Music City For Real

by Ali Sperry

First of all I just have to say I am terribly embarrassed that it has been so long since my last blog post. I know you'll believe it when you see it, but I'm ready to bring the blog back! So be prepared to hear from me...and often.

Okay, glad we got that out of the way.

Today I'd like to talk about living in Nashville. Real talk: there are times where it can feel hard to live in this town where you are surrounded by people that are ferociously going after their dreams, which are pretty much the exact same dreams you have. And we all know it's not a direct competition, but yes, sometimes it feels competitive. I hate it when it happens, but in my lowest moments, when I am feeling bummed about something that I am unsatisfied with in myself or my career, hearing about somebody else's latest victory (so-and-so's headlining this show, she booked this festival, she got this incredible write up in the Scene, blah blah blah) can feel...just crappy. And then of course I get mad at myself for reacting in a begrudging way to someone's triumph, someone that is probably even a friend on some level. So then I try to take a step back, take a breath, and remind myself that we're all just here trying to make some good music and really let's just chill out and have a sense of humor about it, Ali.

BUT the majority of my days in this town don't feel disheartening and competitive in that way at all and they do feel a little bit like a magical music summer camp where no one has real jobs and everyone writes songs, plays instruments and records music all day and then goes to shows to support and play with their friends at night. I mean, it's kind of ridiculous and it doesn't escape me how fortunate we all are to be here doing what we're doing, what we love, struggles and all. Just take yesterday for example, a random Sunday, this was my day: Have coffee with two best girlfriends while rehearsing harmony vocals for show that night, dress up and sit outside drinking a mint julep while "acting" in a friend's music video, babysit for a couple hours for the cute kiddos of two dear buddies (one of which I also get to sing in a band with) so they could go see some music, , go to 3rd and Lindsley for previously mentioned show and perform with people I love. Go home, watch Netflix, sleep. Not a bad Sunday. Not a bad life.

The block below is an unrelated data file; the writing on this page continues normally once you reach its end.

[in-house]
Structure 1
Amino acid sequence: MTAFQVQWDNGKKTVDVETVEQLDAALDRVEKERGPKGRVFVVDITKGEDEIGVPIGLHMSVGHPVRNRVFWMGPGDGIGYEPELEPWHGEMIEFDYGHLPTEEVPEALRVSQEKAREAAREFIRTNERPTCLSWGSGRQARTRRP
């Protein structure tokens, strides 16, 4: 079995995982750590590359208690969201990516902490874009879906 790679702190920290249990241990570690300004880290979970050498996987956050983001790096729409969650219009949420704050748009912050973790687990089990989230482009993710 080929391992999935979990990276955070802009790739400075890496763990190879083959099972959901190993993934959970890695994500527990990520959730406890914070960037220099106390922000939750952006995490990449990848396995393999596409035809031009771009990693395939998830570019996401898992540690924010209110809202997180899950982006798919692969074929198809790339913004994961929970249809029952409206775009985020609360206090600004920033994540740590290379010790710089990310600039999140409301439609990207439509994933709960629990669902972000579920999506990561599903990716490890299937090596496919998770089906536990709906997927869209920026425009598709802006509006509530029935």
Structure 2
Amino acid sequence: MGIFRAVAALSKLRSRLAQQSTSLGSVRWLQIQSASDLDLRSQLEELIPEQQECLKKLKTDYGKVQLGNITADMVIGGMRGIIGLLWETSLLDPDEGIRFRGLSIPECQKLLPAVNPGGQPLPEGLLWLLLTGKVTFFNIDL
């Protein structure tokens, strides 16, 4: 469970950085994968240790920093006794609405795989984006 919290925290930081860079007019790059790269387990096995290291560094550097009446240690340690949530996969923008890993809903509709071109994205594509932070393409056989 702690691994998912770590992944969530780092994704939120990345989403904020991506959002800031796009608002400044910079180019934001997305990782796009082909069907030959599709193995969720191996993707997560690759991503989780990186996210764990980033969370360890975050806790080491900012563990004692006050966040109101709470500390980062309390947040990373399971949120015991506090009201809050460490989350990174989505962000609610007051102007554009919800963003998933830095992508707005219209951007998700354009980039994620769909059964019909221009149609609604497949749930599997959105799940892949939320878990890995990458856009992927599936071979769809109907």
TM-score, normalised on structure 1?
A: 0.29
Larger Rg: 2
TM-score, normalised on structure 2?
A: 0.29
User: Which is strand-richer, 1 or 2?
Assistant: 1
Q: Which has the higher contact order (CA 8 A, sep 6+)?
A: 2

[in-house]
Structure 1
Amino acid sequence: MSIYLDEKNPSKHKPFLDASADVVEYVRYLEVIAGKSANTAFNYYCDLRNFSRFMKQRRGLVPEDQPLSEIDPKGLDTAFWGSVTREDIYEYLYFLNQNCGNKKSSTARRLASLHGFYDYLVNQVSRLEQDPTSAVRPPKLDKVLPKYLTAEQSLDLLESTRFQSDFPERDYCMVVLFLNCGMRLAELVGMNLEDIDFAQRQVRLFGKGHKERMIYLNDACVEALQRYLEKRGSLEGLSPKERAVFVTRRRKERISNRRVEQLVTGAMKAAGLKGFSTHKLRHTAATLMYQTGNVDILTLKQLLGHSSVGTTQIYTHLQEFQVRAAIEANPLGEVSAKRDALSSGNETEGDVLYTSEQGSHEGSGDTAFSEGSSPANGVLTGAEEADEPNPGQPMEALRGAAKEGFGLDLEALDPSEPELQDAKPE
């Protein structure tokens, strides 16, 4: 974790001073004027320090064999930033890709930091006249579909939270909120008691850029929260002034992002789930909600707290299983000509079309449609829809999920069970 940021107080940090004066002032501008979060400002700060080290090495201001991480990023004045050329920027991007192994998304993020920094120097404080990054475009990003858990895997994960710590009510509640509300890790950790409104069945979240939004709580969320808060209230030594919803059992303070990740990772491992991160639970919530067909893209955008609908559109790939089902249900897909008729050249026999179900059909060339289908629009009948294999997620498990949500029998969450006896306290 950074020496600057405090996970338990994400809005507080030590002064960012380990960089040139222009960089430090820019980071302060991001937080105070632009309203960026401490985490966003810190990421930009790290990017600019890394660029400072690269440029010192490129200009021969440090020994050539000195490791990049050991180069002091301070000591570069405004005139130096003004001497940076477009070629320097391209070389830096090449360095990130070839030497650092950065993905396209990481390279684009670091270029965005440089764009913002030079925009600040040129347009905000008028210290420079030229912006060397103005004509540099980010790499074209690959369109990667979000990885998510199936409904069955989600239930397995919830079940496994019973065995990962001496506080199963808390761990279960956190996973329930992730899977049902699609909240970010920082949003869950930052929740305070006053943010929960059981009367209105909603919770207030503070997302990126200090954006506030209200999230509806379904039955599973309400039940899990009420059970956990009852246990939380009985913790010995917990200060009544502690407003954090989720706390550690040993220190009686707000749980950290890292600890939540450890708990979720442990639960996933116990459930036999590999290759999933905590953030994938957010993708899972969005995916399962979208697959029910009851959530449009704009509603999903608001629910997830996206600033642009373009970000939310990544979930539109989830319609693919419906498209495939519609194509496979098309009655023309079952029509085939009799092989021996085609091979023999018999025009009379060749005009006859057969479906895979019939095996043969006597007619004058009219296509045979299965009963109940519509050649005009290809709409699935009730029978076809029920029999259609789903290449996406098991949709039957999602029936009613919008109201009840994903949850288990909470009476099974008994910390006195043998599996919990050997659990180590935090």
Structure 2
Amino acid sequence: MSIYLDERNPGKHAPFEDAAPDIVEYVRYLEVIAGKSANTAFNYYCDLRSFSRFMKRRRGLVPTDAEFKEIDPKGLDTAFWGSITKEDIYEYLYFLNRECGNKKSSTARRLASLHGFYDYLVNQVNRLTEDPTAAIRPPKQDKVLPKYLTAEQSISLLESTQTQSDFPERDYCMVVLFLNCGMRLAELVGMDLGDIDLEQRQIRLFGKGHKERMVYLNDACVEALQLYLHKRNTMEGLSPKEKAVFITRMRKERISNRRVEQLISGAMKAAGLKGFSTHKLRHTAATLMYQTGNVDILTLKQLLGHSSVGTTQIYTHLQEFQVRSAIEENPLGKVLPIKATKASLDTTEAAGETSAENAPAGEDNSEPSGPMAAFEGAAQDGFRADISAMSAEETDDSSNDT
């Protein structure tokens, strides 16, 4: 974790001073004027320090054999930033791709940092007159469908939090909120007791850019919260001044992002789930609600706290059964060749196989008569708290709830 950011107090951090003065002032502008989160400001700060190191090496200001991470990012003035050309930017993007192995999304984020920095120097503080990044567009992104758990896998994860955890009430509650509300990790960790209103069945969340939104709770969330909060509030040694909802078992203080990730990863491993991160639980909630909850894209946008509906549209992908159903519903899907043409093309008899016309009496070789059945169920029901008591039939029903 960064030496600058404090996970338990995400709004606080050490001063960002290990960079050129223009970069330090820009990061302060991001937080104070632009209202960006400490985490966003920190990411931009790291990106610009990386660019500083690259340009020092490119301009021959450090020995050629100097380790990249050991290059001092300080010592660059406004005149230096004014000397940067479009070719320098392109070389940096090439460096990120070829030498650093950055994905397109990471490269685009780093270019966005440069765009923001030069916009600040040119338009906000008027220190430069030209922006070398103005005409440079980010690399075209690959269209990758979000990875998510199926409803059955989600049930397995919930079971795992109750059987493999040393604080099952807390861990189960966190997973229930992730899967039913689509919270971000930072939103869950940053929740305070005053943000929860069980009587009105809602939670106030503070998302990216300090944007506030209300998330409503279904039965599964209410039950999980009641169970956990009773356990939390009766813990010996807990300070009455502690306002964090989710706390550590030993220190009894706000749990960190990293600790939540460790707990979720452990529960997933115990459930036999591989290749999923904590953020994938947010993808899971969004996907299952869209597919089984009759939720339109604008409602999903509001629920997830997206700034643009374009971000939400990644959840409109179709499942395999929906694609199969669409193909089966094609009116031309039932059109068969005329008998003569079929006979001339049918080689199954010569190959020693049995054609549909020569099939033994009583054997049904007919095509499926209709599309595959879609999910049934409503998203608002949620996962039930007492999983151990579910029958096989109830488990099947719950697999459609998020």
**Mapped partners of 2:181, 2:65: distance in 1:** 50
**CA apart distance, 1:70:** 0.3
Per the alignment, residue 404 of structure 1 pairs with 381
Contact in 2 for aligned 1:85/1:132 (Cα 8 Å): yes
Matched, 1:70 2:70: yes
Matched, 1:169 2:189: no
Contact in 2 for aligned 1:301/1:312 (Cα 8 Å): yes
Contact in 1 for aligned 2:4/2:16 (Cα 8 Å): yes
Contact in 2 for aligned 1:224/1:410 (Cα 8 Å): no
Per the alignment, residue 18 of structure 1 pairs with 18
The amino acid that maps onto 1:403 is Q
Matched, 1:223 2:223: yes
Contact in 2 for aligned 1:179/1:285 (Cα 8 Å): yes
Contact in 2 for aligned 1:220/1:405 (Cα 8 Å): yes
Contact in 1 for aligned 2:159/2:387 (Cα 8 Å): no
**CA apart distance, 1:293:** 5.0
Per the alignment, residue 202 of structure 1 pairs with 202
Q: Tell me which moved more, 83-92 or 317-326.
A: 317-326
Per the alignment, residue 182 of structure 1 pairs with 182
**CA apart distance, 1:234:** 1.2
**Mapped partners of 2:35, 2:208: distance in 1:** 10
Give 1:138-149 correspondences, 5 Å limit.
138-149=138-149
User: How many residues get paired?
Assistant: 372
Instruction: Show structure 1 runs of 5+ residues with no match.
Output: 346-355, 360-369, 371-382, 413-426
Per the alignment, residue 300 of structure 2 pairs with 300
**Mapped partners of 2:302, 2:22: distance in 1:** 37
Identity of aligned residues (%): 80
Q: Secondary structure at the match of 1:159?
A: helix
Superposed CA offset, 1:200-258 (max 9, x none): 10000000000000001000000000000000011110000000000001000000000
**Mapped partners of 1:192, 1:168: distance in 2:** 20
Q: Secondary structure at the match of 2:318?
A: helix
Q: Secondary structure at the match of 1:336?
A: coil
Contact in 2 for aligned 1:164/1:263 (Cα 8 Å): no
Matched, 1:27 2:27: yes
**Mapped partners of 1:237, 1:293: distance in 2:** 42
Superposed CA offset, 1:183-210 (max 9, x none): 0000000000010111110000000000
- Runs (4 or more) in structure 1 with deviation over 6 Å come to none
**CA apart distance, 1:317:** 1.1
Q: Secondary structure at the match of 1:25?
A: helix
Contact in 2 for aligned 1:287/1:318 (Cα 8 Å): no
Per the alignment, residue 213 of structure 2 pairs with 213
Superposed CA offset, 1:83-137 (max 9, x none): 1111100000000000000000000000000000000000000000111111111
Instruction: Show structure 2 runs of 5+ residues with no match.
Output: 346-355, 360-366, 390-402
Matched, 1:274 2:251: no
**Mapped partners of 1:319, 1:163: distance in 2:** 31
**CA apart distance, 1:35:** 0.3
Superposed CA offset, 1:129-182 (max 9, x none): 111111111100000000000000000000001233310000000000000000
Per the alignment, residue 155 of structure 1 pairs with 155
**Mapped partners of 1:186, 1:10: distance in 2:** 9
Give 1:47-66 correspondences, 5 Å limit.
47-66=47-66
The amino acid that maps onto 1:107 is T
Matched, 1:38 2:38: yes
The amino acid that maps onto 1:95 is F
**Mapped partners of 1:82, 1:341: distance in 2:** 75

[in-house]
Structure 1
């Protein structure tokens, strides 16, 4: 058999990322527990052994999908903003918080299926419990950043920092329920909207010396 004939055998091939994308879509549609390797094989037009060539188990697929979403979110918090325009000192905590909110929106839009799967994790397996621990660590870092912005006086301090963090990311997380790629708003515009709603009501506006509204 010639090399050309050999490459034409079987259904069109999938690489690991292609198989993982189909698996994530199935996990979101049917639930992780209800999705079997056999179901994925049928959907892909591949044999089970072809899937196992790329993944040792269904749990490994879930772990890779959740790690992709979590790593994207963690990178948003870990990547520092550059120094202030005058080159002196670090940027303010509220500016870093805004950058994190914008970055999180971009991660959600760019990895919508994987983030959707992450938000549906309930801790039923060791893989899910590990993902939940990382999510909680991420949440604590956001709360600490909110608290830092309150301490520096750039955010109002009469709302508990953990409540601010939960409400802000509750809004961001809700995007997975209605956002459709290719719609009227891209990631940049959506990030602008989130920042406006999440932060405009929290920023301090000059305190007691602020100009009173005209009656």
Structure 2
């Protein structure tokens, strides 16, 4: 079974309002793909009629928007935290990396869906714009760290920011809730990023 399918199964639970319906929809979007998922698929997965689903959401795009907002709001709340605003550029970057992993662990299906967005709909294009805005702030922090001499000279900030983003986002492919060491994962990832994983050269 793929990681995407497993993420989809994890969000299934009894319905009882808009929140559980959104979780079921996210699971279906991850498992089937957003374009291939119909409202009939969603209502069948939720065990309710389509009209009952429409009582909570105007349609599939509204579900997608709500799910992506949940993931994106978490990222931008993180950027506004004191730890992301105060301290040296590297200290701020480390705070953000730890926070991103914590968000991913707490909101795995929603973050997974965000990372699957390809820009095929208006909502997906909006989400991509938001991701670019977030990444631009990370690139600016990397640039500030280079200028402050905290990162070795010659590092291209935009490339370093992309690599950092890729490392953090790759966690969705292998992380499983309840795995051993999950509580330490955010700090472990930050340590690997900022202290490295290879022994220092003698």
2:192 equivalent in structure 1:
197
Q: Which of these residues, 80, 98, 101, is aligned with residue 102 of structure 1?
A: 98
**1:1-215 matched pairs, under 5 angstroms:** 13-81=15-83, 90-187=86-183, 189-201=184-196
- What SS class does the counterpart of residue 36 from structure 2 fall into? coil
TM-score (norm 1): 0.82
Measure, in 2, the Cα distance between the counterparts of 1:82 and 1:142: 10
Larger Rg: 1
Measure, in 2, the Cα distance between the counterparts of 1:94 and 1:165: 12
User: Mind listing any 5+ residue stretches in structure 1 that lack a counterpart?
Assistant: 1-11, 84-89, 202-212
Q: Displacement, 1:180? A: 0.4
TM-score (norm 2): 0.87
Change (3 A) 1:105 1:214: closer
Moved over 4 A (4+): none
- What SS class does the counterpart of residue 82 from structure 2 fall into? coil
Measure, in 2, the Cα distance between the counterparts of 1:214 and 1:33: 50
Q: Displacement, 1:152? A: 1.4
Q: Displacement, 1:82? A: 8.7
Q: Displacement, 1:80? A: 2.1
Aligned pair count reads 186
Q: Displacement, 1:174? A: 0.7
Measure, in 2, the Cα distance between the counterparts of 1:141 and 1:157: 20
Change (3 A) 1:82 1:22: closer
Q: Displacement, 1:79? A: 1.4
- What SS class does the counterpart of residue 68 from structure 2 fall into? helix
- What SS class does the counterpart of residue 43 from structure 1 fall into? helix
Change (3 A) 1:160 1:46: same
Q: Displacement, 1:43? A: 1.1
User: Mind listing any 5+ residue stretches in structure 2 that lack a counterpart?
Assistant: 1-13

I turned 32 last week and I feel great about that. When I turned 30 I had this "uh-oh, I have to grow up and get my shit together" kind of anxiety hit me all of a sudden. And 31 felt a little bit like "oh boy, I'm a year deep and my shit is not yet even remotely together." For some reason, so far at least, 32 has a kind of calm to it. I was thinking about this in the shower yesterday (where lots of powerful thoughts occur) and thought, "Ohhh...this is all part of it. Everything I've done so far, all my experiences, everything I've put energy and effort into, it's all part of who I am. It's setting me up for what the rest of my life is going to be like. It's not just wasting time before my real having-shit-together portion of life suddenly and miraculously begins. What I'm doing now and what I've been doing is all part of a greater whole that I am slowly molding." The choice to go for making a living as a musician is a scary one sometimes. It's choosing a life without a ton of security or stability, without a clear path to success or ladder to climb. But I'm learning to gauge it by the small victories, and above all, by the continued quest to make art--to make music that I believe in and that moves me and represents my perception of life. If I can make something, and it makes me feel alive and joyful, and might make someone else feel alive and joyful, that is the job I seek to do.